In 1989, Westword moved again, to the Atrium Building, across from the brand-spanking-new Wynkoop Brewing Co., Colorado’s first brewpub, which had been started by an unemployed geologist, John Hickenlooper, and partners who included Barbara Macfarlane, a former Westworder who happened to be married to brewer Russell Scherer. It was thanks to the now-deceased Scherer that I attained an honor that almost rivals the Molly Brown Award: Patty’s Chile Beer, which I got to taste-test and raved about, because it had everything you wanted in a Mexican meal (heat and beer). We spent a lot of time at that bar; our production night happened to coincide with the slowest night in the bar business, which helped the Wynkoop through a rough patch as Denver’s economy continued bumping along the bottom. And we were there when Hickenlooper, working with late adman Lew Cady, cooked up a campaign to save the Mile High Stadium name for the new facility that metro Denver taxpayers were building for the Broncos. He wound up saving only half of it, but in the process sparked a political career.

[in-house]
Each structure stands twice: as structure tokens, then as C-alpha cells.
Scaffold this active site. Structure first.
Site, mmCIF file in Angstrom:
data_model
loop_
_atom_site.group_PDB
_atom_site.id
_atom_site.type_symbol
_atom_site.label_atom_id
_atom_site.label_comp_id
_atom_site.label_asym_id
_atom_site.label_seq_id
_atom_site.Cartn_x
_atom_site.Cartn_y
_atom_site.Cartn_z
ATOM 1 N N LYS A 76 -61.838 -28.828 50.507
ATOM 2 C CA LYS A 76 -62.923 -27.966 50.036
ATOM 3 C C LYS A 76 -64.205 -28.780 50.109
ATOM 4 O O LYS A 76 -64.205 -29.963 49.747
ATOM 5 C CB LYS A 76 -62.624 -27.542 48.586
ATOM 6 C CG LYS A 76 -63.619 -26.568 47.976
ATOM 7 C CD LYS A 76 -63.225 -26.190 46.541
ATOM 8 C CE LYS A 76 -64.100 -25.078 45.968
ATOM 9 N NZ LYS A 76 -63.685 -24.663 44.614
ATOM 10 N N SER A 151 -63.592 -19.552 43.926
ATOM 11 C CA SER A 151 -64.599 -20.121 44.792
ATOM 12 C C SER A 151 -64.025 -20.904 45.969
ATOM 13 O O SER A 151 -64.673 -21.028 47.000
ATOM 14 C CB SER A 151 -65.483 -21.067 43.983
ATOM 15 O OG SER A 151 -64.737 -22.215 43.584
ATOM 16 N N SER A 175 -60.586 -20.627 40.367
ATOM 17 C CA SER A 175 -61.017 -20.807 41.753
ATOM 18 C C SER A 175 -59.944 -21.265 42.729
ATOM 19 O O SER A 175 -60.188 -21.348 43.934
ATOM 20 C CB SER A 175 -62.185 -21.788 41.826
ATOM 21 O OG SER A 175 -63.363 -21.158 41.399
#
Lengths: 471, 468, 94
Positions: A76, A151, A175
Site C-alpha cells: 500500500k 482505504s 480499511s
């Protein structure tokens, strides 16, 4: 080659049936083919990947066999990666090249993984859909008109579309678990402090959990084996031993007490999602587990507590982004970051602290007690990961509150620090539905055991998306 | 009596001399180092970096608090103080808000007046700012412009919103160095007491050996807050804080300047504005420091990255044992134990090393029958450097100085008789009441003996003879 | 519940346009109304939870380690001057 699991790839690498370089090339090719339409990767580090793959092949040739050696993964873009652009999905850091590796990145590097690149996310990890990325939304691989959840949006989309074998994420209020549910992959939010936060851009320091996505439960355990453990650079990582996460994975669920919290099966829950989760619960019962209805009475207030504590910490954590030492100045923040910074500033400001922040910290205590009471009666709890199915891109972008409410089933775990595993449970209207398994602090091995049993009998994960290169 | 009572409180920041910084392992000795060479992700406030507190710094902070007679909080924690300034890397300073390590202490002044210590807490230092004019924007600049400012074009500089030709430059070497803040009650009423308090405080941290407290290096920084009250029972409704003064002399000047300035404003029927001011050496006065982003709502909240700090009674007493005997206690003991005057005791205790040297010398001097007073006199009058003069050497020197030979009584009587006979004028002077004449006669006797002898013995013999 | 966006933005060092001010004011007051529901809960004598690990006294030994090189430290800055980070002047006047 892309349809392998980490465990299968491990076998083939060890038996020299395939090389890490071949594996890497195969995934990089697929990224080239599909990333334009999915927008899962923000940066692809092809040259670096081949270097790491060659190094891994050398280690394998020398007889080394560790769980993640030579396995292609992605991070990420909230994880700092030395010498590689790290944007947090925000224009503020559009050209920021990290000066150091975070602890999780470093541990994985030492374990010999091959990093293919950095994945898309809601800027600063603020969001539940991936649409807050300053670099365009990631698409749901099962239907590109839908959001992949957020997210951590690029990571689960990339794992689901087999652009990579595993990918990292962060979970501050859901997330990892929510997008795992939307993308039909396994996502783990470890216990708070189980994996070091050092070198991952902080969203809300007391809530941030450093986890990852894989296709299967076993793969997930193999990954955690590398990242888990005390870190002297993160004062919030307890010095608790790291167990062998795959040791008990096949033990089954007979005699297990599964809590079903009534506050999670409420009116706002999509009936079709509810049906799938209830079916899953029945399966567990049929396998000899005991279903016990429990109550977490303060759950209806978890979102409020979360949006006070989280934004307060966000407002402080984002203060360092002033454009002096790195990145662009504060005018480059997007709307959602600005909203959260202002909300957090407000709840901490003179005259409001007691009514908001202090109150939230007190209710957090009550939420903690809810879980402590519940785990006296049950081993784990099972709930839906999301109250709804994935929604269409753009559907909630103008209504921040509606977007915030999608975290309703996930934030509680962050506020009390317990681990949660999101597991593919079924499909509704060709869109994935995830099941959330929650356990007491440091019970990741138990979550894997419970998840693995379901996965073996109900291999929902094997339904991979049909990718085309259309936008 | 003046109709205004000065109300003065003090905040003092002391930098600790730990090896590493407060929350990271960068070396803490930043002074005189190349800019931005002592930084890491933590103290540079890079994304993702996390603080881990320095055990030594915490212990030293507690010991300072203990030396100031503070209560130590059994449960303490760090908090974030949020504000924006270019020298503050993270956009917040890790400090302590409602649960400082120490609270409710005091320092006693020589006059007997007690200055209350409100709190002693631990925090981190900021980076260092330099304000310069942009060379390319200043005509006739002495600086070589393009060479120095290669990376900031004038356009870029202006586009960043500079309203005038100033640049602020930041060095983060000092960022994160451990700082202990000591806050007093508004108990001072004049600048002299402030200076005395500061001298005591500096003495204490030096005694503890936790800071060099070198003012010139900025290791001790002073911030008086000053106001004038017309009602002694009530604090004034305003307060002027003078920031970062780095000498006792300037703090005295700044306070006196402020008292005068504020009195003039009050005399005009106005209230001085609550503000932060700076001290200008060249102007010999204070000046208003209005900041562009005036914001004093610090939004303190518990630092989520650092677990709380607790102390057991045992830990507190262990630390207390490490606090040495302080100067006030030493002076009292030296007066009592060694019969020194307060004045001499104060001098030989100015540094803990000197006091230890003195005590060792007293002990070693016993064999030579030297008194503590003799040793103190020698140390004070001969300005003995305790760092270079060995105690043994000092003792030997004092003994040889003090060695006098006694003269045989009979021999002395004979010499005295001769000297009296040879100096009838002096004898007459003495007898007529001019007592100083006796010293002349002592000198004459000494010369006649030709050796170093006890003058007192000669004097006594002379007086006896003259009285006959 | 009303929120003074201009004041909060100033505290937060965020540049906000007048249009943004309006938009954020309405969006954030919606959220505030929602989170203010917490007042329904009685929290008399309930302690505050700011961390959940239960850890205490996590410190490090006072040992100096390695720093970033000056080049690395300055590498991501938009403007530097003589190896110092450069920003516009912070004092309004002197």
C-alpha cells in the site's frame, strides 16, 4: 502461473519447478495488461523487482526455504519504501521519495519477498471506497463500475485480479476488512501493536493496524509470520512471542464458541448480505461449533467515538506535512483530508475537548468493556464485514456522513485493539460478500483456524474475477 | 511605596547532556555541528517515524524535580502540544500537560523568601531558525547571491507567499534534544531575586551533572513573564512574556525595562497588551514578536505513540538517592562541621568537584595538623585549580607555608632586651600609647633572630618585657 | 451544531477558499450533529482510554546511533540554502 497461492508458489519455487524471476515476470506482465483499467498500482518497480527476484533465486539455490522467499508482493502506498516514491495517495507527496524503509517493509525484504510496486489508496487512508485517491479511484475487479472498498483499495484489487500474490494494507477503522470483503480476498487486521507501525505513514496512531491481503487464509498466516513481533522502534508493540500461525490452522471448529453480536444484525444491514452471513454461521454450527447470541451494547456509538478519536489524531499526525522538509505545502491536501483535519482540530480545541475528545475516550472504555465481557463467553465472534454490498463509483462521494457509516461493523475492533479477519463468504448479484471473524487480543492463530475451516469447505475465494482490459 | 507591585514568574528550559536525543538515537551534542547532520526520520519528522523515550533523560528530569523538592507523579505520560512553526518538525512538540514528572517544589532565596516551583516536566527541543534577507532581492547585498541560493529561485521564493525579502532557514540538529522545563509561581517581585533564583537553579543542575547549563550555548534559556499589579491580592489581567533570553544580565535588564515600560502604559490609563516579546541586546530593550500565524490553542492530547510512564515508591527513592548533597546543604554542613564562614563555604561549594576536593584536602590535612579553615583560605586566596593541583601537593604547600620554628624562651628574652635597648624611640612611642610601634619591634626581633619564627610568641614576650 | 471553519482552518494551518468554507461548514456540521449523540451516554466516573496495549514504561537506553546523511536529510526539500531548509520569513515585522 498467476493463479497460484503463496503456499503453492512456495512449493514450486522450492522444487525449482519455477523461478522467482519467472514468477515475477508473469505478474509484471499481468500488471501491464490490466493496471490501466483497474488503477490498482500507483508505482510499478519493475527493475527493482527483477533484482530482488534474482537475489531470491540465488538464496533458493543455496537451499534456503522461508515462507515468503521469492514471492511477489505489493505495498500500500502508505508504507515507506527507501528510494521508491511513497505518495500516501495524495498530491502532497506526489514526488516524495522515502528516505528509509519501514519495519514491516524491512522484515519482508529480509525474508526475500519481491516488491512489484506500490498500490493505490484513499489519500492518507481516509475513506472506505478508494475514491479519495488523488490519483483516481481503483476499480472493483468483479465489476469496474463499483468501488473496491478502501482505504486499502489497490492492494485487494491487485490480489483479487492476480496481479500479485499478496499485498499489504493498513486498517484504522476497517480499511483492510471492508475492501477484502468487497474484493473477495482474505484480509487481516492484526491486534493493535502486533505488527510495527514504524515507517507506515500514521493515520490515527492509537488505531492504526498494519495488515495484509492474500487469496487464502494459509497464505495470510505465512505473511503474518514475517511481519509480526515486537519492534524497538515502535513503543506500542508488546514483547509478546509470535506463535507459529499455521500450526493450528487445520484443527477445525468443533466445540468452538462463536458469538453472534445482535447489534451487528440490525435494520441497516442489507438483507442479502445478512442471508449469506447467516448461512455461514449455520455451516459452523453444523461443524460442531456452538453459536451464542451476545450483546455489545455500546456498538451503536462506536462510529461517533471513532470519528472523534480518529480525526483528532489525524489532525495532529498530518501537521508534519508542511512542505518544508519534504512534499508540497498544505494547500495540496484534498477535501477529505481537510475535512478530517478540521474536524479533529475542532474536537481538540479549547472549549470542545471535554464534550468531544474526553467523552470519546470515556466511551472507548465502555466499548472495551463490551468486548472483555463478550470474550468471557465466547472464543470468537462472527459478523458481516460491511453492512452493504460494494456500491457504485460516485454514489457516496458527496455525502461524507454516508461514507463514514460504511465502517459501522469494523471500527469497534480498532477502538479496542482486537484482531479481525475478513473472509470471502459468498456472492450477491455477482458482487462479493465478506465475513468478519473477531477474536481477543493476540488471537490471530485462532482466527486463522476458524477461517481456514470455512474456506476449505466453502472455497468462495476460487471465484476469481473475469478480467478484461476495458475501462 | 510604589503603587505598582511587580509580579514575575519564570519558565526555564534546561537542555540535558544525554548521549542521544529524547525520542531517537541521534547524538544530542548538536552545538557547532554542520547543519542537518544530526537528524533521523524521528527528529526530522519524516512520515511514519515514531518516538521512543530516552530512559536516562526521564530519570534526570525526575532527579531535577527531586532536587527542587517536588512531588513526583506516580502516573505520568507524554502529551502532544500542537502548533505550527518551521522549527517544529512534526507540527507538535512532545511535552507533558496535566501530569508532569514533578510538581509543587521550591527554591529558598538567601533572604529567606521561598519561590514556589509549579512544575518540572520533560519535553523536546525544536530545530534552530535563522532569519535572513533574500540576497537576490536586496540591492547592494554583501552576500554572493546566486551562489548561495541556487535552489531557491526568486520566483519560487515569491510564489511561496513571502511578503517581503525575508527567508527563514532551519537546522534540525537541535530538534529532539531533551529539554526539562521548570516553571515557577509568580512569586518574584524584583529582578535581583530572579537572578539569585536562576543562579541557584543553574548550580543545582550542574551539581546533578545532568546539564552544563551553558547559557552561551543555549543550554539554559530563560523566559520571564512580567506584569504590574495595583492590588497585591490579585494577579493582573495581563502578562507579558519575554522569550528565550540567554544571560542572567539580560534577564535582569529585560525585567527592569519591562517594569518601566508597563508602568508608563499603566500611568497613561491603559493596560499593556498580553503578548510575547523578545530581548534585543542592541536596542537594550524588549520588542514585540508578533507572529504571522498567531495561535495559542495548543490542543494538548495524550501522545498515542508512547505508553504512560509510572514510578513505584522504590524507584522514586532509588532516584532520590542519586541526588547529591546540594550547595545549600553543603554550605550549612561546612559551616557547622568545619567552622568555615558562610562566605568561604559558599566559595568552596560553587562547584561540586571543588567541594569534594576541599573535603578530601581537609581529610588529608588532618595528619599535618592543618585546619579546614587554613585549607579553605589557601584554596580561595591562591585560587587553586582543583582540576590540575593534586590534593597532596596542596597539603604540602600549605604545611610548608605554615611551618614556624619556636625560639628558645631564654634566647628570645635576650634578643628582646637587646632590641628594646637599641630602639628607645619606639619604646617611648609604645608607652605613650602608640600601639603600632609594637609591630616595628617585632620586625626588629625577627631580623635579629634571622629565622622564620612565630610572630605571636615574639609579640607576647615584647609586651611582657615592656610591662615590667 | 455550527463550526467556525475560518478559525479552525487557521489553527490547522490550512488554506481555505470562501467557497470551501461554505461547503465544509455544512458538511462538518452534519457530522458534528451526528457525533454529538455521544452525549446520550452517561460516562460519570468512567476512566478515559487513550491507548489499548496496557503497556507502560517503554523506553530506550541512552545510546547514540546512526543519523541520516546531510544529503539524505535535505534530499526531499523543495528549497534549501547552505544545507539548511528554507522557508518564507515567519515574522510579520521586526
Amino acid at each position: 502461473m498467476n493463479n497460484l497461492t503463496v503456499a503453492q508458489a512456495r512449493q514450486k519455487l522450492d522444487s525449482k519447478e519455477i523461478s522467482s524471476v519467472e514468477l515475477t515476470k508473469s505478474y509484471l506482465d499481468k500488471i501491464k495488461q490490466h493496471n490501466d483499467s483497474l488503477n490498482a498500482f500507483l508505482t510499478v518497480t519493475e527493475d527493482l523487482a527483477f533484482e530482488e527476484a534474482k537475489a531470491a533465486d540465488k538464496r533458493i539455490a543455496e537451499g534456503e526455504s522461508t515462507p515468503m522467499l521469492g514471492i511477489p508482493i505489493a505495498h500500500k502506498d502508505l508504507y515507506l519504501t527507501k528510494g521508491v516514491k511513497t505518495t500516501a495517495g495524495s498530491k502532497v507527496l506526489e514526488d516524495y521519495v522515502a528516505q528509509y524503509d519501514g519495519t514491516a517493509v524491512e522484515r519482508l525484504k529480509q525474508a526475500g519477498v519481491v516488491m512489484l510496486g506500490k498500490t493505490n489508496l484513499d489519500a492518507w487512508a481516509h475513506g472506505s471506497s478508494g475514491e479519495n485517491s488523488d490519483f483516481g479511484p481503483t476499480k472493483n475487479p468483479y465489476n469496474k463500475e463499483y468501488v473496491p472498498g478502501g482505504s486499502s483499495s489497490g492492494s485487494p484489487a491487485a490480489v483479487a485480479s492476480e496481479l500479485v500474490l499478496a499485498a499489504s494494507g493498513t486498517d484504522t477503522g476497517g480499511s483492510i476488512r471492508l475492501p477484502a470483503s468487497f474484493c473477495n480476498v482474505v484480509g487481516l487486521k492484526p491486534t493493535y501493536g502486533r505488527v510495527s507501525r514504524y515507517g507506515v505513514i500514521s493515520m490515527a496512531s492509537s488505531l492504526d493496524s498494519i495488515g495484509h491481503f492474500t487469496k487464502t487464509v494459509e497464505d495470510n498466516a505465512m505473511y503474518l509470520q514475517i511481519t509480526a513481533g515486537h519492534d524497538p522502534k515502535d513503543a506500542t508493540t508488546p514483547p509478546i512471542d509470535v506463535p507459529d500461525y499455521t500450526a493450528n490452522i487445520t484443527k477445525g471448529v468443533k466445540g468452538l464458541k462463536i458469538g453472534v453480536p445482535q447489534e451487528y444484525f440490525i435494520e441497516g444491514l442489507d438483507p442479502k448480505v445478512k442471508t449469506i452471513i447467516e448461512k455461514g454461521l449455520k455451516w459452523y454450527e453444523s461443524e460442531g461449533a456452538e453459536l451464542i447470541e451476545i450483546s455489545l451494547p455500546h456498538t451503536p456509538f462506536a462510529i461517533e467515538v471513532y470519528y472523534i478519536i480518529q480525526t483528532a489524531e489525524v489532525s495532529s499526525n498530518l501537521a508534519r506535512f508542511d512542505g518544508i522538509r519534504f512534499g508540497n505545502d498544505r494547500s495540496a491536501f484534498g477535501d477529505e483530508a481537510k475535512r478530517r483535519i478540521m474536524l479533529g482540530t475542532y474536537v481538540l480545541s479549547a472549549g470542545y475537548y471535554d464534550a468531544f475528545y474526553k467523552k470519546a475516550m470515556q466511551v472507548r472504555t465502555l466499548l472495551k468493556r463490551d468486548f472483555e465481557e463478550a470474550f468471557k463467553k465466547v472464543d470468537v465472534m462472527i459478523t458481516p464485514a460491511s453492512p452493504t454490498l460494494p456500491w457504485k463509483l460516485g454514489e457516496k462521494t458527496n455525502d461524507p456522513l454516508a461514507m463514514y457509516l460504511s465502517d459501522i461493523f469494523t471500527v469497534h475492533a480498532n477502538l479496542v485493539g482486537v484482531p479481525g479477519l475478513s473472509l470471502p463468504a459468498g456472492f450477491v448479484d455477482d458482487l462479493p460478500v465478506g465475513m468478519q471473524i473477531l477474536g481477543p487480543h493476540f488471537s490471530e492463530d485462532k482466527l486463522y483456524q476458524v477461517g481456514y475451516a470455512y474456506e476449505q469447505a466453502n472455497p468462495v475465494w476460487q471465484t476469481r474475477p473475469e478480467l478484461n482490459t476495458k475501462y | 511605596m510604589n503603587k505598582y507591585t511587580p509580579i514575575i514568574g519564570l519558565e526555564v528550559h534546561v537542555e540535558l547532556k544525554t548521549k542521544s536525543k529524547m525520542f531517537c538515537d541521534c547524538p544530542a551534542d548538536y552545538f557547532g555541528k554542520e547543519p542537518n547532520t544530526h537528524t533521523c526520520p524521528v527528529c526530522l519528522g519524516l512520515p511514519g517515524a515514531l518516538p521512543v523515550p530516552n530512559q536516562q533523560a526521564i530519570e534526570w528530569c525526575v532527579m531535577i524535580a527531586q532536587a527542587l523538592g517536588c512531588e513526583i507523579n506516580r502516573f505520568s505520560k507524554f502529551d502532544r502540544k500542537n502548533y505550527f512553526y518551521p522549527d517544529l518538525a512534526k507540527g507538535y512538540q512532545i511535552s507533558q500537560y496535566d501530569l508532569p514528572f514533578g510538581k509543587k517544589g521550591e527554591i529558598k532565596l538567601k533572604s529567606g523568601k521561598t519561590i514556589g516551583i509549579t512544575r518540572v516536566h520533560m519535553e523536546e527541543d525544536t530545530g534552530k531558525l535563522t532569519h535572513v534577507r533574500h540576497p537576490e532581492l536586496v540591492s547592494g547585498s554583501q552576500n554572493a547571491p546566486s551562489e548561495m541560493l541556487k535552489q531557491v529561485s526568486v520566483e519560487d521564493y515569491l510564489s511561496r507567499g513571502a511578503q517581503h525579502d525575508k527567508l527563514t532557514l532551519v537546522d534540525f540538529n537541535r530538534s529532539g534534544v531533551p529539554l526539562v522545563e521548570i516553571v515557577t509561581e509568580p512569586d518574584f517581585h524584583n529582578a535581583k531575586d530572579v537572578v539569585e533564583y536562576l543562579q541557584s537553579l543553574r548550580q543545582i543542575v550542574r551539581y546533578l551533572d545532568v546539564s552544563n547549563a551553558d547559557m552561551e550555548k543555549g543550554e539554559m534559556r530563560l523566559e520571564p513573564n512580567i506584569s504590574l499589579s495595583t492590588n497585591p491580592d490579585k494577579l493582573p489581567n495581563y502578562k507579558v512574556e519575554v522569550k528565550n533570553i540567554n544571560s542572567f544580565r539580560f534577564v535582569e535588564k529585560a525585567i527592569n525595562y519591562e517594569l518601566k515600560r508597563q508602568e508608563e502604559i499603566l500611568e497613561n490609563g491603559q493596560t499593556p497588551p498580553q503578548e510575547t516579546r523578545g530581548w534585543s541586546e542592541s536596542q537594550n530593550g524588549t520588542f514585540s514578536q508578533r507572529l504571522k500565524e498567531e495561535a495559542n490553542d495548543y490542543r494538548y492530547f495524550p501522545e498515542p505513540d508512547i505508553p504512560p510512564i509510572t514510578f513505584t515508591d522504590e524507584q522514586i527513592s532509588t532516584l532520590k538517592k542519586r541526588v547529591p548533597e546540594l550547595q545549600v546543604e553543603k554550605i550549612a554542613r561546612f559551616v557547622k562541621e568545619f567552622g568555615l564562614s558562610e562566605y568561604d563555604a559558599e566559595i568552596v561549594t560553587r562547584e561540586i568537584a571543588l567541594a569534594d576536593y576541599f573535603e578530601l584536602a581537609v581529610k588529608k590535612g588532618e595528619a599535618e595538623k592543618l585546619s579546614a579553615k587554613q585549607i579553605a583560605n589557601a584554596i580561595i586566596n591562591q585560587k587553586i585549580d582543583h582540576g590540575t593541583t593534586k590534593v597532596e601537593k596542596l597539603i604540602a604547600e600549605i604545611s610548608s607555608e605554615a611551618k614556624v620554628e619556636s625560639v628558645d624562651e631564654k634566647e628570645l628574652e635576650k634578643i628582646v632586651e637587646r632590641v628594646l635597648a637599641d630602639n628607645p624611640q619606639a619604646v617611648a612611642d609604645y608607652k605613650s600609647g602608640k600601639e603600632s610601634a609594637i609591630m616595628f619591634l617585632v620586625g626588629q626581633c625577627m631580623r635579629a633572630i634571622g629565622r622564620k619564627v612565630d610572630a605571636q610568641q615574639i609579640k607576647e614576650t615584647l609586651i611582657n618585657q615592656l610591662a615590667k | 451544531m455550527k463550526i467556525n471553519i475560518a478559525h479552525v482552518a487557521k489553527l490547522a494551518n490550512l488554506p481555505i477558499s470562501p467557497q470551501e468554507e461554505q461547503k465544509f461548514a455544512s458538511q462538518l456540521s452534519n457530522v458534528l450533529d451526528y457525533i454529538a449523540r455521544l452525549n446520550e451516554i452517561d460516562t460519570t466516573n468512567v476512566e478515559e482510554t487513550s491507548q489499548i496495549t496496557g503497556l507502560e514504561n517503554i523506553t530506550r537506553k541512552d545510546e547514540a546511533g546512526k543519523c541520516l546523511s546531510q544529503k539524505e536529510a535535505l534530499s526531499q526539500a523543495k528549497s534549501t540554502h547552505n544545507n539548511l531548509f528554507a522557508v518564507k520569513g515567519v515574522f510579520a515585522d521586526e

By the time Hickenlooper was elected mayor in 2003, we’d already left LoDo for 969 Broadway, the building we had just left. It was here that we saw the astonishing changes in the newspaper industry, with the rise of the web and the death of the Rocky Mountain News; here that we transformed from a print product to a digital platform that includes not just westword.com, but an entire digital business; here that we moved from an alternative to an unlikely institution that has covered, and uncovered, the city for more than four decades.
Three months from now, we’ll be doing our work in view of the State Capitol. It should be historic.
But first there are papers to sort, boxes to pack, and memories to cherish.